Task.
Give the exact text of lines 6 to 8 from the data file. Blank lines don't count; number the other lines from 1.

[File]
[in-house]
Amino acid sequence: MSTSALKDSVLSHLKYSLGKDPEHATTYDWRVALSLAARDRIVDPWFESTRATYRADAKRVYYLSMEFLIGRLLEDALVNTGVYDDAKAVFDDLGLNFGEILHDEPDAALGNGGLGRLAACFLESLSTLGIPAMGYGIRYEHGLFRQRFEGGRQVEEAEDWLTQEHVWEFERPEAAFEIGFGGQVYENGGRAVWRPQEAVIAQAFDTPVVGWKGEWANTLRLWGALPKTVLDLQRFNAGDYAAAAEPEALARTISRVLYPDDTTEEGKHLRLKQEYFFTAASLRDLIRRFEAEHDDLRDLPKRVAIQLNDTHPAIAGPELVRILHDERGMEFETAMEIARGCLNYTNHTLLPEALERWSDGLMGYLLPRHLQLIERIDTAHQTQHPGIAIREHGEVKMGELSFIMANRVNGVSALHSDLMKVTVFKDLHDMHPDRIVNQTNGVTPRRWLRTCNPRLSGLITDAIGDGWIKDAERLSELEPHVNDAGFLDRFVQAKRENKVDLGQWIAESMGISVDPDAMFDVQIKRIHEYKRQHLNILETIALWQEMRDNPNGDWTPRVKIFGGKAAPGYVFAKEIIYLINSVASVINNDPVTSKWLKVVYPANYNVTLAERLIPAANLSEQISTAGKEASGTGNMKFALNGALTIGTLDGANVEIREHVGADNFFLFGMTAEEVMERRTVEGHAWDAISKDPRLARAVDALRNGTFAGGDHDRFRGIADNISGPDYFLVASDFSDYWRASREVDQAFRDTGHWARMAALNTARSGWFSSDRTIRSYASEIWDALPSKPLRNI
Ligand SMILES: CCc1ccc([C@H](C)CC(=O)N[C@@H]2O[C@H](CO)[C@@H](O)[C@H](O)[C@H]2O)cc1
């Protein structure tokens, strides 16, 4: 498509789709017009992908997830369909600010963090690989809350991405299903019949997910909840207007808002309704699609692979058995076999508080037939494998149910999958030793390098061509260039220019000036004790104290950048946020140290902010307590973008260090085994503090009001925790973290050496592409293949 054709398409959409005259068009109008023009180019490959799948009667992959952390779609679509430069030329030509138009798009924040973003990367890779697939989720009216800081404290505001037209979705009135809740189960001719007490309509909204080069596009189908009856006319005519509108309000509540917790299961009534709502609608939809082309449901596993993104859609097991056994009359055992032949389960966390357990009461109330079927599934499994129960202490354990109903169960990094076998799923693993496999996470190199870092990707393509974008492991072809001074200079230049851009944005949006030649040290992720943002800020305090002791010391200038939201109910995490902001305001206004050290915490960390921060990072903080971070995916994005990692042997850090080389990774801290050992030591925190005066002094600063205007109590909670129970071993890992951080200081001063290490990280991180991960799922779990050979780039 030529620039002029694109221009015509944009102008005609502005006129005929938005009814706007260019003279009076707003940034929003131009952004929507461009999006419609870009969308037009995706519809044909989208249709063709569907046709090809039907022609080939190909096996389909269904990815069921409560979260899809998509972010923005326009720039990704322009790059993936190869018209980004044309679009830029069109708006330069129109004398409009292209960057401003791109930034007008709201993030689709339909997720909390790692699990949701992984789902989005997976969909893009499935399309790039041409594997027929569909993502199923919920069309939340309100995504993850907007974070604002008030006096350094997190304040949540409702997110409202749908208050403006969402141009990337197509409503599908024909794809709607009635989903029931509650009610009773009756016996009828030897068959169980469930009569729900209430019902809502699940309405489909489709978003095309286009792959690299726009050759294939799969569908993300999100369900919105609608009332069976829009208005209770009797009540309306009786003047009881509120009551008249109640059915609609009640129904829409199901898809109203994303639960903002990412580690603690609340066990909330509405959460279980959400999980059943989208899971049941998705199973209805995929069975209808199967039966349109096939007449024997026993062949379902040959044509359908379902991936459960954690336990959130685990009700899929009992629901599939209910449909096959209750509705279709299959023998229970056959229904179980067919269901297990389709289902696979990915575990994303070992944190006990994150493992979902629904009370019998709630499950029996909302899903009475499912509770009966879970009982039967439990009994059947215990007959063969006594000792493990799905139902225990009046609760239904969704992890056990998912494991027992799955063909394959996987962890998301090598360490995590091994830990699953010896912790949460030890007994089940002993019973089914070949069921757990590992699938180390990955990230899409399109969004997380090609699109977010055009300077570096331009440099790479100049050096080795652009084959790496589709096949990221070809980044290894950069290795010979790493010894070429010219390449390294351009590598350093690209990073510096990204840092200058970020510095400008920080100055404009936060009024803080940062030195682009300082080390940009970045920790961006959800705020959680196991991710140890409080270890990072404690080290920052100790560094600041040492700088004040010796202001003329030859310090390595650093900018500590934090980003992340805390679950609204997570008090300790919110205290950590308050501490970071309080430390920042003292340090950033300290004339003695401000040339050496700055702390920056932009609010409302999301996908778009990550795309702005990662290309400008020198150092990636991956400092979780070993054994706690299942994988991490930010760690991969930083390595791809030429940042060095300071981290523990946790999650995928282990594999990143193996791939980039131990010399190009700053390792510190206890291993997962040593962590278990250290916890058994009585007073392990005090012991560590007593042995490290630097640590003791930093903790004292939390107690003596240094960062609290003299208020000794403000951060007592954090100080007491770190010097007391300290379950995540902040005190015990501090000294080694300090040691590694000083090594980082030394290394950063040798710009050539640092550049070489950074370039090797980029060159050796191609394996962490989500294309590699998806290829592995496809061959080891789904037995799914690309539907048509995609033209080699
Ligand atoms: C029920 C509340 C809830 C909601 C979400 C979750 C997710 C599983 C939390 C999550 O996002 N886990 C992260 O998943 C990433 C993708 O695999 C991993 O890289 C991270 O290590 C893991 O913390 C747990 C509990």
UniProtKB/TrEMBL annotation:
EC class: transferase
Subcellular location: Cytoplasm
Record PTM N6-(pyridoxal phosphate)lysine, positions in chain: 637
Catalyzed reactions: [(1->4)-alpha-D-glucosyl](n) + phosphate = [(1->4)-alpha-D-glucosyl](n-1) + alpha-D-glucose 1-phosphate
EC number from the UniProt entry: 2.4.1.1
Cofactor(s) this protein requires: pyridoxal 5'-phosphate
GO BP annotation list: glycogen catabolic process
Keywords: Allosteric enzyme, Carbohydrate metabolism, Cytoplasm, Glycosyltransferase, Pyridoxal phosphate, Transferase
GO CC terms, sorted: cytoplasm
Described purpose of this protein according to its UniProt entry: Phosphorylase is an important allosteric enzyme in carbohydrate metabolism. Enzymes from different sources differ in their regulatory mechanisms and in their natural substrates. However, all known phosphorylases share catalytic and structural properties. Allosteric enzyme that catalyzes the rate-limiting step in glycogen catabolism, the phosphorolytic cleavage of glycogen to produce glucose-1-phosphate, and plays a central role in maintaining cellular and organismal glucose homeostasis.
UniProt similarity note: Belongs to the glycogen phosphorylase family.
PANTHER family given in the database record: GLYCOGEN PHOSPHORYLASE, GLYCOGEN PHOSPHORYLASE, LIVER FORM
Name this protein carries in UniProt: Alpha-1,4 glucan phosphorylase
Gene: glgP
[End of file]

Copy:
UniProtKB/TrEMBL annotation:
EC class: transferase
Subcellular location: Cytoplasm